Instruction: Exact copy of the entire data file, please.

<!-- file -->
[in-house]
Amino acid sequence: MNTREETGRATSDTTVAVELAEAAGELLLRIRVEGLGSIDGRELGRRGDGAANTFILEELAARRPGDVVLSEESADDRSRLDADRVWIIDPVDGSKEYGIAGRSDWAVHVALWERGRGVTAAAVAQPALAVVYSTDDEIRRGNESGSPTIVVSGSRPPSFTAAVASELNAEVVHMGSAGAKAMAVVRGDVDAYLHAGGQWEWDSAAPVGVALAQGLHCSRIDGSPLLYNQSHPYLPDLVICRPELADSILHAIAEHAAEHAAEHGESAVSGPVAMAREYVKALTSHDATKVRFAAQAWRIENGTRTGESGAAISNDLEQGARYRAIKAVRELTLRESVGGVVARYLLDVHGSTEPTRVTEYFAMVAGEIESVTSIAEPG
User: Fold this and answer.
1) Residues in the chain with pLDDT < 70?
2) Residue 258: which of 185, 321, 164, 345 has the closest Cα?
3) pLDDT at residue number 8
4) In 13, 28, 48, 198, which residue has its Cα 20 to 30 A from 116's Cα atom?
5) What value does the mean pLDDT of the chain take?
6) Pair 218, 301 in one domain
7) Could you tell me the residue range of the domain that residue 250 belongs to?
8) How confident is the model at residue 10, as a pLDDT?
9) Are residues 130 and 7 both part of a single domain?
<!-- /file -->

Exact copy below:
[in-house]
Amino acid sequence: MNTREETGRATSDTTVAVELAEAAGELLLRIRVEGLGSIDGRELGRRGDGAANTFILEELAARRPGDVVLSEESADDRSRLDADRVWIIDPVDGSKEYGIAGRSDWAVHVALWERGRGVTAAAVAQPALAVVYSTDDEIRRGNESGSPTIVVSGSRPPSFTAAVASELNAEVVHMGSAGAKAMAVVRGDVDAYLHAGGQWEWDSAAPVGVALAQGLHCSRIDGSPLLYNQSHPYLPDLVICRPELADSILHAIAEHAAEHAAEHGESAVSGPVAMAREYVKALTSHDATKVRFAAQAWRIENGTRTGESGAAISNDLEQGARYRAIKAVRELTLRESVGGVVARYLLDVHGSTEPTRVTEYFAMVAGEIESVTSIAEPG
User: Fold this and answer.
1) Residues in the chain with pLDDT < 70?
2) Residue 258: which of 185, 321, 164, 345 has the closest Cα?
3) pLDDT at residue number 8
4) In 13, 28, 48, 198, which residue has its Cα 20 to 30 A from 116's Cα atom?
5) What value does the mean pLDDT of the chain take?
6) Pair 218, 301 in one domain
7) Could you tell me the residue range of the domain that residue 250 belongs to?
8) How confident is the model at residue 10, as a pLDDT?
9) Are residues 130 and 7 both part of a single domain?